The Impact of Temperature and Humidity on the Integrity of Sterile Supplies
February 14, 2019
14:00 – 15:00
The APIC-DFW Community Standards of Practice (CSOP) Special Interest Group (SIG) held a meeting on February 14, 2019 to discuss common practices around compromised sterile supplies after exposure to extreme environmental conditions. The meeting was open to current infection prevention and public health practitioners, both members and non-members of APIC-DFW. Currently, state regulations and national guidelines require rooms storing sterile supplies to:
· be under positive pressure relative to adjacent rooms,
· have a minimum of 4 air changes per hour (ACH),
· maintain temperatures between 72ºF and 78ºF, and
· have a maximum of 70% relative humidity (RH).
These regulations and guidelines are provided by the Texas Department of State Health Services (DSHS), the Association for the Advancement of Medical Instrumentation (AAMI), the American Society of Heating, Refrigeration, and Air-Conditioning Engineers (ASHRAE), and the Centers for Disease Control and Prevention (CDC).
Prior to the meeting, a voluntary survey was administered concerning current practices for sterile supply storage and experience with a compromised supply incident. The results were used to help guide the meeting’s conversation. Seventeen facilities were represented in the survey responses, with 88.2% being acute care hospitals. All respondents that gave a quantifiable value said they store sterile supplies between 60ºF and 80ºF with a relative humidity between 20% and 70%. 82.4% of respondents stated their facility has centralized monitoring of temperature and humidity where sterile supplies are stored. 64.7% of respondents stated their facility has experienced a HVAC incident that resulted in temperature and humidity levels outside of regulation limits, with 41.2% stating their facility’s sterile supply storage areas were affected.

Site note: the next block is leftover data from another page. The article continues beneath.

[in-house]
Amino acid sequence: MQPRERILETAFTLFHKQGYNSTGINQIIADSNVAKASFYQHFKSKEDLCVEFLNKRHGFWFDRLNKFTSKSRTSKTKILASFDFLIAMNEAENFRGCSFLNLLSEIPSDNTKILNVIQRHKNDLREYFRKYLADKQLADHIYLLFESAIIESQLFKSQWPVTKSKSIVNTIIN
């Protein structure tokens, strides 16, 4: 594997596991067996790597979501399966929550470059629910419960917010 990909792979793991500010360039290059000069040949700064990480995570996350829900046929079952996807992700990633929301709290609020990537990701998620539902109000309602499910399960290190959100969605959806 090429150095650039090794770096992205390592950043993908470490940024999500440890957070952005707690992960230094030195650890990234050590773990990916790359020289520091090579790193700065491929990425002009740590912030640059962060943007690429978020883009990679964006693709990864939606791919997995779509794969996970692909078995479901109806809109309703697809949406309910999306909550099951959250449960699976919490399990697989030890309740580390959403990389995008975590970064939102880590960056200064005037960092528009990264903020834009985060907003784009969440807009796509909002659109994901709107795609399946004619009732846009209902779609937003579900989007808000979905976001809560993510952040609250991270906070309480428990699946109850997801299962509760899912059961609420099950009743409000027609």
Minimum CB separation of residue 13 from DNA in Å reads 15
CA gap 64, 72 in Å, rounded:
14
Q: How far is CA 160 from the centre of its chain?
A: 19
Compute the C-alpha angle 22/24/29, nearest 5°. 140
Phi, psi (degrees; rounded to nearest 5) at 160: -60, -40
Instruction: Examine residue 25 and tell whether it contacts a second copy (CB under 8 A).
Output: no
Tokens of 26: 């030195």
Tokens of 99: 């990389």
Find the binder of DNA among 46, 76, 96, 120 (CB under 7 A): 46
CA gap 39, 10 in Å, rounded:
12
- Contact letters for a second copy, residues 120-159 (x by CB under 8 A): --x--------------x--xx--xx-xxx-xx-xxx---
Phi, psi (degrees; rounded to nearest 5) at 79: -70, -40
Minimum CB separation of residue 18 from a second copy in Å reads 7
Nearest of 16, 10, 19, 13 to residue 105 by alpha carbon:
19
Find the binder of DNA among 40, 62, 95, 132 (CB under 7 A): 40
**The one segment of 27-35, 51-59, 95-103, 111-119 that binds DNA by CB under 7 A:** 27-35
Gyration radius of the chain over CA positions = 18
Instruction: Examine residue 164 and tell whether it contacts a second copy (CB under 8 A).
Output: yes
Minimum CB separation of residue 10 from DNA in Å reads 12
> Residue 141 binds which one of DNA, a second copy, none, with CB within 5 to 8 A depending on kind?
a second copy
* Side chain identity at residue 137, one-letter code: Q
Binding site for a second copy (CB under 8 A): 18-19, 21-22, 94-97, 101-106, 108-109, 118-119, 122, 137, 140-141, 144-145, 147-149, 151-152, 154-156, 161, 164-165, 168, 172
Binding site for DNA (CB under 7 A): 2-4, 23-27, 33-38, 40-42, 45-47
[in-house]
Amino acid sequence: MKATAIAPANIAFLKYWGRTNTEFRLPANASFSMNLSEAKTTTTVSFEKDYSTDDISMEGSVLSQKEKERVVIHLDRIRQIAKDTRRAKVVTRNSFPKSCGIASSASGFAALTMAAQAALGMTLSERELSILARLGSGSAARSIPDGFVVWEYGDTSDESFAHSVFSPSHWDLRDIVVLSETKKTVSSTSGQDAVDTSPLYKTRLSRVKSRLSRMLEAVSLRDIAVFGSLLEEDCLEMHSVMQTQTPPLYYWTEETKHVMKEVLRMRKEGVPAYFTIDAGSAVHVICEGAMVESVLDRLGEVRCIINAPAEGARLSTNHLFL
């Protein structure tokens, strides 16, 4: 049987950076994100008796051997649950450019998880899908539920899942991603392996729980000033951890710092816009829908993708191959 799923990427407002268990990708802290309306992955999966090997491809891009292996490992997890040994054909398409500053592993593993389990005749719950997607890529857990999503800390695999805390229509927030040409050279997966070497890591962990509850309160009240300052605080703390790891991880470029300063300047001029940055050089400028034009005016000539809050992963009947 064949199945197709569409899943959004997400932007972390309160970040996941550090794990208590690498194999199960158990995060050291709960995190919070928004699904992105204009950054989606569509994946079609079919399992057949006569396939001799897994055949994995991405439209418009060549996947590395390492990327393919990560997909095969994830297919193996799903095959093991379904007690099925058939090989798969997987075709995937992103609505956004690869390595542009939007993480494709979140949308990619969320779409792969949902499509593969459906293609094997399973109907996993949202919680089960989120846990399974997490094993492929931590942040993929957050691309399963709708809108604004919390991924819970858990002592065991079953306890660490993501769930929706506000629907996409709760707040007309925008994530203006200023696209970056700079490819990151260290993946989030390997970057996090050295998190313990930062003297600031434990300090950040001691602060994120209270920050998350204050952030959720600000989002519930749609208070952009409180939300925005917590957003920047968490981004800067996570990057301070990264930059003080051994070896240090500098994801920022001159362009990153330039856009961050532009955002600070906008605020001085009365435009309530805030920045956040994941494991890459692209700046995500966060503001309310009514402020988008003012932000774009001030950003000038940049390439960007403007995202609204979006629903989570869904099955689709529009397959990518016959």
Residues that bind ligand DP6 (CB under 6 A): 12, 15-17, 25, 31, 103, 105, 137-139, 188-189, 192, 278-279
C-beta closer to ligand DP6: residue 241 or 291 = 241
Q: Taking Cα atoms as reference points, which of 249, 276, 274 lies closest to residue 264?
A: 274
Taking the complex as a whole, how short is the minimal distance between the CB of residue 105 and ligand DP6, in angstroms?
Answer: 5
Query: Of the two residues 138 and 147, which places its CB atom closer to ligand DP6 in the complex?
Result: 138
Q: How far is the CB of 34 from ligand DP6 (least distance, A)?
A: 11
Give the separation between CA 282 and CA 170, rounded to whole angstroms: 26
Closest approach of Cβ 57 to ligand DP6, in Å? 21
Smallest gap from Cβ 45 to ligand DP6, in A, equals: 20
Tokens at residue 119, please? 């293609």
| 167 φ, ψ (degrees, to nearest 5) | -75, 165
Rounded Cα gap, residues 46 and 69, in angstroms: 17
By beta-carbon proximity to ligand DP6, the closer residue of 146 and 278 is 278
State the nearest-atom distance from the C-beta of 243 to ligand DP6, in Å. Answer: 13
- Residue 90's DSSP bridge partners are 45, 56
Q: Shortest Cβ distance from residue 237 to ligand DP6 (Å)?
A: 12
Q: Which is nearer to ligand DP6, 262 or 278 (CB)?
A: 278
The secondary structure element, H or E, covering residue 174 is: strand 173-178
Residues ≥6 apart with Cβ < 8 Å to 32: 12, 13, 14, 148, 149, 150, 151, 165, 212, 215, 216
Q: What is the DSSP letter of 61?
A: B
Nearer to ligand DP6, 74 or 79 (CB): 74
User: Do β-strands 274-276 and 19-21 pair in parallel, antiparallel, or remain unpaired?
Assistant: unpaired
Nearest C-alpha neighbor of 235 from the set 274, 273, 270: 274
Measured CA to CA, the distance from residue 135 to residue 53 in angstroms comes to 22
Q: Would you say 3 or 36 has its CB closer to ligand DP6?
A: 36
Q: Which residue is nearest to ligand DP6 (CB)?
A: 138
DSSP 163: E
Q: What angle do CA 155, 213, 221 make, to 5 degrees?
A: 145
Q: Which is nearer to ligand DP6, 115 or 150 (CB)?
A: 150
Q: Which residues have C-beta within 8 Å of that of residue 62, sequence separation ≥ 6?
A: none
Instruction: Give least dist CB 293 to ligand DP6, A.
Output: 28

Participants working for a facility that experienced an event were asked to share information regarding the incident, mitigation steps, and the outcome. Representatives from two facilities, who are entities of different health systems, shared about their events. Both incidences occurred within the same week and were a result of power outages for several hours. One of the facilities reported that they sequestered all supplies that were in affected areas and, once the environmental conditions returned to normal, the areas were terminally cleaned and restocked with new supplies. The other facility did not remove all sterile supply, but described a risk assessment tool that was developed and used to remove compromised supplies.
Participants felt that further guidance was needed on how to respond when these events occur. The APIC-DFW CSOP SIG will be meeting again to further discuss this topic.